Intro: Make Golden Coins (really Easy)
Turn your lame copper cents and pennies into gold with this simple trick, King Midas hates him!
Well, it's not really gold, but the results look just as cool, you could easily fool somebody into believing it's the real deal. Amaze your friends and family and maybe some cashier or bartender with these easy to make, shiny, golden coins.
This method works by applying a small coat of zinc to the copper coin and then using some heat to melt the zinc, fusing with the copper and creating a thin layer of brass, which has a similar color to gold.
This chemistry trick has been around for a long time but I haven't seen an instructable on the subject, so I decided to share my method which uses common household chemicals that can easily be obtained.
ATTENTION: This instructable deals with caustic materials and hot surfaces/objects, follow the steps under adult supervision.
Step 1: Materials
- Copper coins (The shinier the better)
- Zinc plate (Can be obtained from alkaline batteries)
- White Vinegar
- Sodium Hydroxide (aka Lye, a common drain cleaner also used to make soap)
- Power supply
- Plastic tray
- Glass of water
- Heat gun or electric stove
If you don't have a power supply you can use a couple of AA batteries in series.
Step 2: Choose Your Coins
Chose the coins you want to plate, the coins must be made out of copper or be copper plated, they also need to withstand temperatures of up to 450ºC in the case of plated coins.
If you can, choose the shiniest coins you can find, a shiny copper coin will keep being shiny after it's plated, while a dull coin will show a dull golden color. Shinier coins are also easier to clean and won't leave unplated spots due to rust or grease on the surface.
I chose some 2 and 1 Euro cent coins, 5 cent coins can also be plated but I didn't have shiny ones.
Step 3: Clean Your Coins
For the electroplating process to work the coins must be impeccably clean, they are first washed with regular dish soap to remove all the grease on their surfaces and then they're submerged in vinegar for a couple of minutes to remove any rust from the surface, then they're rinsed in water and transferred to a paper towel.
If your coins are very rusty you can clean them with a mix of vinegar and salt, although the final result will not be as good as with a new, shiny coin.
Step 4: Prepare Your Setup
Fill the plastic container with water, one tea spoon of sodium hydroxide is added per 1/4 of a liter (1 cup of water), the zinc plate is placed at one side of the container. Sodium hydroxide reacts exothermically with water, stir the solution for the first minute to dissipate the heat from the bottom.
Connect the positive wire of your power supply to the zinc plate, and the negative wire of the power supply to the tweezers, hold the coin with the tweezers by the rim.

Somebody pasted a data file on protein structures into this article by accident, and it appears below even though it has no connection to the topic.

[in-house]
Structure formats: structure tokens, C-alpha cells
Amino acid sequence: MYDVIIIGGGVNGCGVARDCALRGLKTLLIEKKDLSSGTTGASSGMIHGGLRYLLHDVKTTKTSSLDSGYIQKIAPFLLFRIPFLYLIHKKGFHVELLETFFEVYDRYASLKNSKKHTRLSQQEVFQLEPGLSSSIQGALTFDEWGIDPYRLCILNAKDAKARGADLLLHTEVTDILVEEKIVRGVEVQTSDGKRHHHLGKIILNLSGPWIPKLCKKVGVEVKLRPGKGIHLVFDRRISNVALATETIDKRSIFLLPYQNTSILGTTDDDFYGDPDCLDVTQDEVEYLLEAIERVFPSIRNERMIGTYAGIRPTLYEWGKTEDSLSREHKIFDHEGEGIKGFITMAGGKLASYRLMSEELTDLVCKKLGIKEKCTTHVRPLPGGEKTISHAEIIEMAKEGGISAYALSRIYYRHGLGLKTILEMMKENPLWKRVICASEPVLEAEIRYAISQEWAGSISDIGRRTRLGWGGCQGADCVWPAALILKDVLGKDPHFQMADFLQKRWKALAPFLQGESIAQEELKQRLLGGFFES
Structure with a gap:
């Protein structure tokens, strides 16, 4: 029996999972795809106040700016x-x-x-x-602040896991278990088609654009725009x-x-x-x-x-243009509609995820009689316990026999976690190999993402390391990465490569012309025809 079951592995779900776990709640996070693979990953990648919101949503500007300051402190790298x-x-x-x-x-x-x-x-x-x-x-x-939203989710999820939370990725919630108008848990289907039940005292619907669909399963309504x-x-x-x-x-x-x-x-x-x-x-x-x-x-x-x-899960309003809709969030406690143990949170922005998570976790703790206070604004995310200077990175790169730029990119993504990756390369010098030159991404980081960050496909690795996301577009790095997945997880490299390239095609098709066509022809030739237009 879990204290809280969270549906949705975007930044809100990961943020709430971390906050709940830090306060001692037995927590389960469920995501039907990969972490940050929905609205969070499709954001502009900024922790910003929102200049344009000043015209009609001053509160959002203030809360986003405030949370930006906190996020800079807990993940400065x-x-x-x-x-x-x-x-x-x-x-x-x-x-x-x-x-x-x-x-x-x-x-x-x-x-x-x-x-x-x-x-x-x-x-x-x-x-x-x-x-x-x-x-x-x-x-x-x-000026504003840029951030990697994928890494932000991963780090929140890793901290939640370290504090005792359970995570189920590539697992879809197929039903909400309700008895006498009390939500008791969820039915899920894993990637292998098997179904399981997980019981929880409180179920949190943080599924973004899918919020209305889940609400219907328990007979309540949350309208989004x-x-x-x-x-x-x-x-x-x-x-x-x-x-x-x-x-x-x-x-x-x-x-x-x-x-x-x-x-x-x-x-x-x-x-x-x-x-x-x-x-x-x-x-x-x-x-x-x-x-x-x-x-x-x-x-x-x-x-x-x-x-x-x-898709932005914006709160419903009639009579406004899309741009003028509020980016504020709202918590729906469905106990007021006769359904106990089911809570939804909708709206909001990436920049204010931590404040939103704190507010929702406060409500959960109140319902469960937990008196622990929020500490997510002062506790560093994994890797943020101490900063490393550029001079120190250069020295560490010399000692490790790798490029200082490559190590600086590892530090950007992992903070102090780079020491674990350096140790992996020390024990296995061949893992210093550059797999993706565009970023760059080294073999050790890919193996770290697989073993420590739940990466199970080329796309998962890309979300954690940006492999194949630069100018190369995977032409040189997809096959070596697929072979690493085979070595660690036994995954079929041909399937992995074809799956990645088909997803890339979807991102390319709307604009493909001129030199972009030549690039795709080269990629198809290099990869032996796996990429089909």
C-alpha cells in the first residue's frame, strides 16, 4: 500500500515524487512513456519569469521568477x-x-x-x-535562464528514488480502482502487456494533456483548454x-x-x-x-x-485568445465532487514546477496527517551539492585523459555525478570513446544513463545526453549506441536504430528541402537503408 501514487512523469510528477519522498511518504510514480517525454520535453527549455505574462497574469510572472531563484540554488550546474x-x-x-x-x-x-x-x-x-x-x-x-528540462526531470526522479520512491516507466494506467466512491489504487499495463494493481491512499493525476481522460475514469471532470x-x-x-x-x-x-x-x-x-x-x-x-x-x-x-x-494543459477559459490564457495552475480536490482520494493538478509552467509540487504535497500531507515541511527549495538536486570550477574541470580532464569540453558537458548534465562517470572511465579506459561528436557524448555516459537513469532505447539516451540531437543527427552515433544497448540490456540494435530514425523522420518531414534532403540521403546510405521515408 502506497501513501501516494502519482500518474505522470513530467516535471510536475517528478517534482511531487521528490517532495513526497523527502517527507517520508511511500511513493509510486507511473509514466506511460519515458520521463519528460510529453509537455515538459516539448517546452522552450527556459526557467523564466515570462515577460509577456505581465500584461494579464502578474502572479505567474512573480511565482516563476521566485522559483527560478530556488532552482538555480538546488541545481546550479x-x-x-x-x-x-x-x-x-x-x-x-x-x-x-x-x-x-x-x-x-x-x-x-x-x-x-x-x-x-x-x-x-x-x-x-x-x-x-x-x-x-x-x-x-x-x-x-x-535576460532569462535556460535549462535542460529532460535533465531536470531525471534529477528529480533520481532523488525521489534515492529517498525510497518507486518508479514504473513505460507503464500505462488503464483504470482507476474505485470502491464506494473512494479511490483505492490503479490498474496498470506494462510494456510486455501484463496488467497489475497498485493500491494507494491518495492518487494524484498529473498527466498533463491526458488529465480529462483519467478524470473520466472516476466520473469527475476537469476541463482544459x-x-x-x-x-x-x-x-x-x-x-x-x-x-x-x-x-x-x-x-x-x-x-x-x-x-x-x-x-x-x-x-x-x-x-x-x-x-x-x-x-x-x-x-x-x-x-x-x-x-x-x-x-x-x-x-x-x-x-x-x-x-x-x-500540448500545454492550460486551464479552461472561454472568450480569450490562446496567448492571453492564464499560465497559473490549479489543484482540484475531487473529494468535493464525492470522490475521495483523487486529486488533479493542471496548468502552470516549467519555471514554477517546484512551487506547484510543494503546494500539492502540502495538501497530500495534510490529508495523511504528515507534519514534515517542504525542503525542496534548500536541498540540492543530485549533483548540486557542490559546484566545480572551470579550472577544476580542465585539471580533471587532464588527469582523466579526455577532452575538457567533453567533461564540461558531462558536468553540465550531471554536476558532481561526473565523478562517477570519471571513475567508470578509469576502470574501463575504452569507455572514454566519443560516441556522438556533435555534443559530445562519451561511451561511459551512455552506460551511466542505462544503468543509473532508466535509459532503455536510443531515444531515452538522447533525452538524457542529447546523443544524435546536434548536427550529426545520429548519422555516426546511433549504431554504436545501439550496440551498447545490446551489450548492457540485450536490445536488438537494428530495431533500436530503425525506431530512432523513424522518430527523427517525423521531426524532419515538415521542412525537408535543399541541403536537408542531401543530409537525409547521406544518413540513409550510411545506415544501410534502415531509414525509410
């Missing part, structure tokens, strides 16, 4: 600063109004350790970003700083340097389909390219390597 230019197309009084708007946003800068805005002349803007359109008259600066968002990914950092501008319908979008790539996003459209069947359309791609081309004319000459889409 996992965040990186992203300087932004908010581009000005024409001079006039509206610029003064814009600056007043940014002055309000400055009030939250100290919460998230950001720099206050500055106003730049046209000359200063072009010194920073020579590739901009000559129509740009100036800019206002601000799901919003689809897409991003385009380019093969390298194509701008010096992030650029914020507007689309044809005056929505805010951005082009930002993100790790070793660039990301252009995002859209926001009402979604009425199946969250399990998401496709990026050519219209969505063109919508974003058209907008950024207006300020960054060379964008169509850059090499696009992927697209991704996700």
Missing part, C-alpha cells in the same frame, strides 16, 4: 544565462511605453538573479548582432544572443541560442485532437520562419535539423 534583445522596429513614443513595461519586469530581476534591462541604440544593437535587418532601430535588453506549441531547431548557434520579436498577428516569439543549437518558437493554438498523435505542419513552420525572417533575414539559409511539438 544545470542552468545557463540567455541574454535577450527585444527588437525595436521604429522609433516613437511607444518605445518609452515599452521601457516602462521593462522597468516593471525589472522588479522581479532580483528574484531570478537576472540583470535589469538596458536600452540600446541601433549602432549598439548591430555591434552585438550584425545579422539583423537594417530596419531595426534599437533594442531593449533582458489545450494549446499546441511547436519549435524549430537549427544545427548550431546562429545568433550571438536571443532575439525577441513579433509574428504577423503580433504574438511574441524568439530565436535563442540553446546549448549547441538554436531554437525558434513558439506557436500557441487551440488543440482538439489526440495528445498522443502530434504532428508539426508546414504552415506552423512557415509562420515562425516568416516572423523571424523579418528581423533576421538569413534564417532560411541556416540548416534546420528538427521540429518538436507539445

Set the voltage of your power supply between 1.5 and 5 volts, more voltage will result in poor plating. The voltage will depend on the concentration of the solution and the distance from the coin to the plate, you can play around to find the voltage that works for you, any voltage in that range will work, but with lower voltages it will take more time.
Step 5: Plate Your Coins
With everything ready and connected submerge the coin in the sodium hydroxide solution, you'll see the coin starting to fizzle, releasing tiny bubbles. Rotate your coin around to plate it evenly.
The gases produced aren't toxic, they are oxygen and hydrogen, however, the bubbling might cause some of the solution to turn into a fine mist above the container, to avoid inhaling it, the experiment must be performed on a well ventilated area.
After a minute of two the coin should be fully plated, the copper color should not be visible anymore, instead, the coin should have a silvery coat.
After the coin is pulled out of the solution the potential is no longer present, so the zinc atoms in the coin will want to redissolve again into the solution, to prevent this, the coin is pulled out, rinsed in water and dried with a paper towel as quickly as possible. You can see how the zinc plating disappears if you leave the coin out of the solution while still wet for too long.
Once the coin is plated it should look like the image above. At this point you can end the process and keep your shiny silver coins, or turn them into gold with the next step.
Step 6: The Golden Touch
To turn the silver color to gold we need to heat the coins at a considerable temperature, enough to melt the zinc so that it fuses with the copper, mixing their colors to create a shiny golden coin. I did this using a hot air gun set to 450ºC (840F), but you can use an electric stove, letting the coins heat up on it's surface.
Fire can be used too, but I don't recommend it, since it easily produces uneven results.
When the coin heats up to temperature you'll see the color rapidly changing, then, the coin is carefully removed with pliers or tweezers, it's very hot, so leave it to cool down for some minutes.
Thanks for watching, I hope you liked it :)